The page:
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Heinberg's Great New Series Gets Better
on October 31, 2006
The first volume of Allan Heinberg's superb new series Young Avengers was great. This one is much better. Though Iron Man and Captain America tried to break up the Young Avengers, the young group isn't ready to quit just yet. The loss of Iron Lad, their leader and founder, shook the team, but they still feel that there is good to be done and they want to help out.
The Young Avengers are comprised of teenagers who have some sort of connection to members of the premier super-group The Avengers. Patriot/Eli Bradley is the grandson of Isaiah Bradley, the original Captain America. Bradley was a black man who was used as a test subject during World War II, and his powers have been transferred to Eli. Wiccan/Billy Kaplan (formerly Asgardian) thought he had a connection to Thor, but recent events in the first storyline may show that he can do more than thunder. Hulkling/Teddy Altman may look like the Hulk, but his connection is also a little vague. Stature/Cassie Lang is the daughter of Scott Lang, the second Ant-Man. Cassie was able to obtain the chemicals that turned her dad into Ant-Man, and now she has the ability to change size at will. Kate Bishop is the only character on the team without a connection to an Avenger or even superpowers. She forcefully joined the team, and while she may not have powers, she is an expert martial artist and archer. She models herself after Hawkeye and Mockingbird. Finally, there is Vision II, Iron Lad's armor uploaded with the Vision's software. Along with Scott Lang and Hawkeye/Clint Barton, the original Vision was killed during the events of Avengers Disassembled, the event which led to the forming of the Young Avengers. The new Vision has all of the powers of his predecessor, but he doesn't have the experience and his brain patterns are based on Iron Lad's, not Wonder Man's.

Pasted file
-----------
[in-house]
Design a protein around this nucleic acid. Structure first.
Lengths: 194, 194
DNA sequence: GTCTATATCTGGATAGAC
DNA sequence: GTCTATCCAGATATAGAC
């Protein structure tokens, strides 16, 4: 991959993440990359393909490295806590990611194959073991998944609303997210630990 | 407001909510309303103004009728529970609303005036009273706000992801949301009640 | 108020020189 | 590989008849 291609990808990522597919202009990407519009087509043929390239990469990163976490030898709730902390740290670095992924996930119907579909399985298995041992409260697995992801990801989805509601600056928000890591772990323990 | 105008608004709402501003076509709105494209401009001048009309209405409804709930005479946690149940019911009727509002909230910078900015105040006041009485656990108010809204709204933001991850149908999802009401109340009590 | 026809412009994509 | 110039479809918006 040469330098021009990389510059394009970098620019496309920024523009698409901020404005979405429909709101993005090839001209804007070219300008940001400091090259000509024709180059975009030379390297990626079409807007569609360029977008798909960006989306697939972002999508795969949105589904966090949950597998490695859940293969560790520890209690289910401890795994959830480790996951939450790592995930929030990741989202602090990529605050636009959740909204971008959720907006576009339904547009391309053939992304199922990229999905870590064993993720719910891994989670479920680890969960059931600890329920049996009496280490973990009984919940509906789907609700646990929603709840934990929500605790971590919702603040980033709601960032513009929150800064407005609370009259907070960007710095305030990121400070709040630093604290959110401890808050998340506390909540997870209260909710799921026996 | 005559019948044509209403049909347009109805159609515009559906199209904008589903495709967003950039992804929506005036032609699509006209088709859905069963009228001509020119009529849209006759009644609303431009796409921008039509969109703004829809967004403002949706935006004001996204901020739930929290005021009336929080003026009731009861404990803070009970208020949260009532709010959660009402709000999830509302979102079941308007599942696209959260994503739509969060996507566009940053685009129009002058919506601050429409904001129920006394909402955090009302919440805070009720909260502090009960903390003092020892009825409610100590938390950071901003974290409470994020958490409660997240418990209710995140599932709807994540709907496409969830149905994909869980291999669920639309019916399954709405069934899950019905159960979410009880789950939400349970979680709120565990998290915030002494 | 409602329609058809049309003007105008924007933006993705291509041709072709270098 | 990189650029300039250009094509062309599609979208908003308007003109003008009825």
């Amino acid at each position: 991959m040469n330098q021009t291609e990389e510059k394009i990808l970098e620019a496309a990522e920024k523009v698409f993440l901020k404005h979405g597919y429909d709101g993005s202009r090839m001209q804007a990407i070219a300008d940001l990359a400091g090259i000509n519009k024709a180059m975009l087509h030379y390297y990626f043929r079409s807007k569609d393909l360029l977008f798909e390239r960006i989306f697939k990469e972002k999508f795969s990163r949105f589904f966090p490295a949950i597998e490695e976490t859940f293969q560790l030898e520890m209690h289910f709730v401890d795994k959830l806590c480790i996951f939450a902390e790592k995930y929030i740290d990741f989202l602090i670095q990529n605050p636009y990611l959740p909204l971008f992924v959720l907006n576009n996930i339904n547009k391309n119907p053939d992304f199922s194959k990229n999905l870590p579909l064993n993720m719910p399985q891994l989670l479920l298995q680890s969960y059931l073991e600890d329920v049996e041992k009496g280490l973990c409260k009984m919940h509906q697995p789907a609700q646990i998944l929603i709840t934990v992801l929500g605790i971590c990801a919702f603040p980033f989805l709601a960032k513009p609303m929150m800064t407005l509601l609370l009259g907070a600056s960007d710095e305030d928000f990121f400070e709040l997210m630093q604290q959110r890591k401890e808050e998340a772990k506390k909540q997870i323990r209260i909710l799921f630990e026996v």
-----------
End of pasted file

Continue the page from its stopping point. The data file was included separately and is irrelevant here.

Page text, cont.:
This collection contains three stories as opposed to the one arc in the first volume (though the issue count in this hardcover is only greater than the first book by one issue, the Young Avengers Special). Secret Identities serves to reintroduce the team with their new costumes and personas, introduce the various characters' families, and shed some light on a very distressing situation with one of the characters. The story looks into how the secrets we keep can hurt the people we love, even if we keep them in order to protect our loved ones from harm.
In the Special, Kat Ferrel of the Daily Bugle wants to write a story on the Young Avengers, so Jessica Jones speaks to each member and learns their reasons for joining the team. We are given insight into the pasts of the various characters that show how they came to be where they were when they joined the team. Cassie's life after her dad's death nearly drove her to Los Angeles to join the Runaways (another great book!), Billy and Teddy each have some things in their pasts they would like to forget, Kate suffered from something that really drives her today, and Eli... his story is best left to be discovered.
In the final arc, Family Matters, we finally learn who Billy and Teddy are connected to, and another possible Young Avenger shows up. Thomas "Tommy" Sheppard, who looks almost exactly like Billy save for platinum-blond hair, is a kid with the abilities of super-speed and molecular deconstruction (he can blow stuff up). He is forcibly recruited to the Young Avengers after Teddy is kidnapped by two warring alien races, both of whom claim that Teddy is an heir. The story culminates in a huge battle fought alongside the New Avengers.
All of the stories are very well-written, with plenty of humor, drama, and action. The art is top-notch. Jim Cheung, who co-created the series with Heinberg, does the art for Family Matters, and he is one of the best working artists today. Andrea DiVitto, the guest artist for Secret Identities, also does a great job with the characters. As for the special, numerous artists are used, and I am not a fan of most of it. I don't like Michael Gaydos' art, which is used in all of the non-flashback stuff in the issue. While I was ok with the art used for Cassie's and Billy's stories, I hated Kate's art, while I was fairly ambivalent towards the art in Teddy and Eli's stories. The one other critique I have is that the Young Avengers seem to be fighting some pretty A-list villains and surviving. I doubt that such a new team could be able to take on Kang the Conqueror, Mr. Hyde, and the aliens in the end, and live to tell about it. Still, this is a minor thing.
Young Avengers is destined for great things, and this collection only makes the wait until the relaunch even harder.